Good and Bad Procrastination

Paul Graham writes:

There are three variants of procrastination, depending on what you do instead of working on something: you could work on (a) nothing, (b) something less important, or (c) something more important. That last type, I’d argue, is good procrastination.

That’s the “absent-minded professor,” who forgets to shave, or eat, or even perhaps look where he’s going while he’s thinking about some interesting question. His mind is absent from the everyday world because it’s hard at work in another.

That’s the sense in which the most impressive people I know are all procrastinators. They’re type-C procrastinators: they put off working on small stuff to work on big stuff.

First Five Slides

Cliff Atkinson writes:

Lets see how a persuasive story looks in the form of the first five slides in a PowerPoint presentation to a board of directors, where the presenter is seeking approval for a new product. Instead of using a category heading, the top of each slide features a simple statement that addresses each category of information that the board needs to know about the story, as described here.

Slide 1: Establish the setting

The headline of Slide 1 reads: Our sector of business is undergoing major change. The subject of this headline establishes the common setting for the presentation, and relates the where and when for everyone in the audience.

Slide 2: Designate the audience as the main character

The headline of Slide 2 reads: Every board faces tough decisions about what to do next. The subject of this headline establishes the members of the board as the main character of this story, establishing the who of the story.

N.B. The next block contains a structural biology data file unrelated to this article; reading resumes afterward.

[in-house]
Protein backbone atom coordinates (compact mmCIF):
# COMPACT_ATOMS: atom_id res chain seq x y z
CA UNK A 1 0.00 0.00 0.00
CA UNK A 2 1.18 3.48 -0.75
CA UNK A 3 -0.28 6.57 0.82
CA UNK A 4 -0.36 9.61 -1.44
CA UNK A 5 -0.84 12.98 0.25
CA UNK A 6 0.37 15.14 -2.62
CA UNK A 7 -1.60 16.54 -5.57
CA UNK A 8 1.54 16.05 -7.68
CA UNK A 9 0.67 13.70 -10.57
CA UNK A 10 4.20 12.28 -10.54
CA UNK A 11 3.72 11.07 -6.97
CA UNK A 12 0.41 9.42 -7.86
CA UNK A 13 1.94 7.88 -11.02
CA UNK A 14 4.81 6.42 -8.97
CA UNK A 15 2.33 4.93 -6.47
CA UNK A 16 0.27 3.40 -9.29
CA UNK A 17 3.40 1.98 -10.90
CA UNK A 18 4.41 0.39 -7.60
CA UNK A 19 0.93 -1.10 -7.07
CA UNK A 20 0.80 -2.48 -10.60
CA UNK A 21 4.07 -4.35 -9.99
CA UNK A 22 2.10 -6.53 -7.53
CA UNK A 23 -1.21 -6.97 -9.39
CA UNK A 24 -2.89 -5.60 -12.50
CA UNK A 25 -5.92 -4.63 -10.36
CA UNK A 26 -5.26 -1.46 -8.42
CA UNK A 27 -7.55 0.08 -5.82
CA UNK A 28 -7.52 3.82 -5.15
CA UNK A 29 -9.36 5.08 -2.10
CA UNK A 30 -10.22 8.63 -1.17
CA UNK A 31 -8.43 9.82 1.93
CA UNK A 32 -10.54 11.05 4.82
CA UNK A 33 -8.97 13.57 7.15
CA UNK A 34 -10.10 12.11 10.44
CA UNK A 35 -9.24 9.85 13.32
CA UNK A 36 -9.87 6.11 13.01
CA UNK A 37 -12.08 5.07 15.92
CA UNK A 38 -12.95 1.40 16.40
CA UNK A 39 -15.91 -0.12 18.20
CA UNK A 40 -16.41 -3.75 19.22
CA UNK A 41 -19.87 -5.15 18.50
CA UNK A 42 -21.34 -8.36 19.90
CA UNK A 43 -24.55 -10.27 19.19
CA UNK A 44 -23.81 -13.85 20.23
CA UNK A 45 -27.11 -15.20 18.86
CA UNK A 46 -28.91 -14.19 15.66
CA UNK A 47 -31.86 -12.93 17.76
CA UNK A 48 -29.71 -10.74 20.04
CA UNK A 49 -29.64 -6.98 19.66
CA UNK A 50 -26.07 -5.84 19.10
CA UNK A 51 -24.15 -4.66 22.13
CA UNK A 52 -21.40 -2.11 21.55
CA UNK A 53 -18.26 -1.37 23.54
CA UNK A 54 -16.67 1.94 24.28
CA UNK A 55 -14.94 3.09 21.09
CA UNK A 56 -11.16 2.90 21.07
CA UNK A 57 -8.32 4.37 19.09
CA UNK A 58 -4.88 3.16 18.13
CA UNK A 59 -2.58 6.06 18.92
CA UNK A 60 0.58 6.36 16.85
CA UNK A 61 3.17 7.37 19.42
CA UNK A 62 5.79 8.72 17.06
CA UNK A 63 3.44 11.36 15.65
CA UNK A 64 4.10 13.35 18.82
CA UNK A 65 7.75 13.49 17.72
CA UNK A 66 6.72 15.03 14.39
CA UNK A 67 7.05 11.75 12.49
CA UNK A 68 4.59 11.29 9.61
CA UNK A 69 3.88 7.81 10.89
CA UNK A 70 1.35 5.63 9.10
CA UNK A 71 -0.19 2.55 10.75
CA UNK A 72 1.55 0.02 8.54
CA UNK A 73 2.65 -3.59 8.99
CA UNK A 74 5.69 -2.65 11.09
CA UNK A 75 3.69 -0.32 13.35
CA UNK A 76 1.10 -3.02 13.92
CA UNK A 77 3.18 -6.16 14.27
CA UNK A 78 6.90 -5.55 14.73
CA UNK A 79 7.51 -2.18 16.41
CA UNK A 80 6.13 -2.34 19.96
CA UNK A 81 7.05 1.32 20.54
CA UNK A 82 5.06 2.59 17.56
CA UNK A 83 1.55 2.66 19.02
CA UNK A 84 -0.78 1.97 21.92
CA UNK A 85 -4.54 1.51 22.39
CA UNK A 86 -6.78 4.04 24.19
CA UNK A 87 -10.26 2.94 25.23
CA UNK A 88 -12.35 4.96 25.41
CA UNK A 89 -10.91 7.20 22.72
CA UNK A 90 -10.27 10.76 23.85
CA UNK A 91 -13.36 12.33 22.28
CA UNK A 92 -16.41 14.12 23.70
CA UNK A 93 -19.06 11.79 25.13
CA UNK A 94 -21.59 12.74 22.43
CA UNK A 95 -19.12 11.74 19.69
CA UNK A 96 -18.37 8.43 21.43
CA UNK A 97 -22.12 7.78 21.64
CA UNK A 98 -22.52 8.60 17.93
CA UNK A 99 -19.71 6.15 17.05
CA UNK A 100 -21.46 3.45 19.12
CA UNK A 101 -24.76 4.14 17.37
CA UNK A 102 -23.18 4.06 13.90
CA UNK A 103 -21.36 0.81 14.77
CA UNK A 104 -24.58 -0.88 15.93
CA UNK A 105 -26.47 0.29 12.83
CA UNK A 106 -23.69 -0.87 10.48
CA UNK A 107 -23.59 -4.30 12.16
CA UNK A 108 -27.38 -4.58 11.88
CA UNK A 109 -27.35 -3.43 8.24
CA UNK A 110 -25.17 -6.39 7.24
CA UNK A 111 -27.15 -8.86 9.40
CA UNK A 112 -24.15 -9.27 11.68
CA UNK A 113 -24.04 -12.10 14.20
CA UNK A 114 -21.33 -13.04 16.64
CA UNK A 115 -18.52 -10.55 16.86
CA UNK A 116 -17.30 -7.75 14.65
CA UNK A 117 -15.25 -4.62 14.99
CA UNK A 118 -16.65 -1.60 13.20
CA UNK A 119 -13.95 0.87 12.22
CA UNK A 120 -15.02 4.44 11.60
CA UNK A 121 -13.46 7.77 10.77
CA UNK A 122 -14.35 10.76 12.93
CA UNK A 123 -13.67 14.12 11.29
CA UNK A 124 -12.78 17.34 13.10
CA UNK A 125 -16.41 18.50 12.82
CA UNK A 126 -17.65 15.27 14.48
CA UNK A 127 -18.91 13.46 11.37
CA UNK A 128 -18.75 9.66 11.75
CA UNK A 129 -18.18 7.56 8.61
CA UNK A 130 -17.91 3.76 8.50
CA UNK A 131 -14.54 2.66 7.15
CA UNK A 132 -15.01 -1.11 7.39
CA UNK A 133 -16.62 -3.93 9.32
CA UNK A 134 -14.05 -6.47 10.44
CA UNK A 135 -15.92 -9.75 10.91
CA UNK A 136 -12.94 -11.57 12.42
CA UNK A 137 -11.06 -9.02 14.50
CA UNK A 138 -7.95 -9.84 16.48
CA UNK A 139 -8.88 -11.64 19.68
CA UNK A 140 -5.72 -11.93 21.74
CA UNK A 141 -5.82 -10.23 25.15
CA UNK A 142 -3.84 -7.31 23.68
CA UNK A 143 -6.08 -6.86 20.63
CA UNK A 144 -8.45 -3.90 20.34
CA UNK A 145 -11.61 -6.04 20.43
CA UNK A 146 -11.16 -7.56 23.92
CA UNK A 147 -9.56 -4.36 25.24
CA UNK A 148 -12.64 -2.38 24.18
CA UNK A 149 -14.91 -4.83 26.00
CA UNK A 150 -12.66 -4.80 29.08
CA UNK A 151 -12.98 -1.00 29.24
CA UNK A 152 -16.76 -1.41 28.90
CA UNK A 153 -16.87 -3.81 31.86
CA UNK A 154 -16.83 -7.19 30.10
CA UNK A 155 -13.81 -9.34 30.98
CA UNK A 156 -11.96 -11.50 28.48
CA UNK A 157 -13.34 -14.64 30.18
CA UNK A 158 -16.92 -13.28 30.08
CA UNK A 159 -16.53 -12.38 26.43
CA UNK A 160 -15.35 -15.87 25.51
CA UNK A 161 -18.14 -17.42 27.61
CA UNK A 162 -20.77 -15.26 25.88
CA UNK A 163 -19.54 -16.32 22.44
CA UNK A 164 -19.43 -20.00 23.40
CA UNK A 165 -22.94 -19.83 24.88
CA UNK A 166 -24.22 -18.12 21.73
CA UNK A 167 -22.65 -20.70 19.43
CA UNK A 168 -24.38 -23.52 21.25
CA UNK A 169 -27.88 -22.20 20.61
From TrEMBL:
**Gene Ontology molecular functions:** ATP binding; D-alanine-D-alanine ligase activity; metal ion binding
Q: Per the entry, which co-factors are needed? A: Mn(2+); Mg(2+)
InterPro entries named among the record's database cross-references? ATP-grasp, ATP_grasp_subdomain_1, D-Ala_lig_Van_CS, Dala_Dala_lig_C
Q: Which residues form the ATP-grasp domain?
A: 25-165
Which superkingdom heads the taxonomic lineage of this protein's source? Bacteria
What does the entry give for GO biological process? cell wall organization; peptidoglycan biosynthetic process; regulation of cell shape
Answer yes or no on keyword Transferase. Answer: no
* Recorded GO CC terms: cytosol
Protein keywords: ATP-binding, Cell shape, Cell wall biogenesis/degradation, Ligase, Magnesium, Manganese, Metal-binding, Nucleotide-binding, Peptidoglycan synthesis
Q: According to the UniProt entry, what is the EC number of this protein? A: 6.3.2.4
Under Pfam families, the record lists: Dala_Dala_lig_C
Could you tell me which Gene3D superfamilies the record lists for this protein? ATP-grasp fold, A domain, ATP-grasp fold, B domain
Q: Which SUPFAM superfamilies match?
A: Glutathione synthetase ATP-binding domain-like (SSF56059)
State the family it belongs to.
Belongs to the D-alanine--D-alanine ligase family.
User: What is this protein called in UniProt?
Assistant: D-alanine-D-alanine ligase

Slide 3: Describe a conflict involving the audience

The headline of Slide 3 reads: Six new products have eroded our market share. The subject of this headline describes a conflict the board faces which has created an imbalance, in the form of the erosion of market share. This explains why the audience is there to solve the problem.

Slide 4: Explain the audiences desired state

The headline of Slide 4 reads: We can regain profitability by launching a new product. The board doesnt want to stay in a state of imbalance, so the subject of this headline describes the boards desired state, describing what the audience wants to see happen.

Slide 5: Recommend a solution

The headline of Slide 5 reads: Approve the plan to build Product X and well reach our goals. This final headline recommends a solution, describing how the audience will get from their current state of imbalance to their desired state of balance.

Ajax for Mobiles

Ajit Jaokar thinks that mobile AJAX will replace both J2ME and XHTML as the preferred platform for mobile applications development.

AJAX clearly solves two problems – namely a superior UI and a standardised form of data retrieval.

These two problems also apply to mobile devices and by extension, AJAX addresses them as well.

However, I believe that it does far more!

Specifically, it solves the following problems in the mobile context.

a) The problem of market fragmentation
b) Porting woes (specific to downloading applications like those built on J2ME)
c) Application distribution without walls

Besides, it has the developer community behind it which is a significant plus!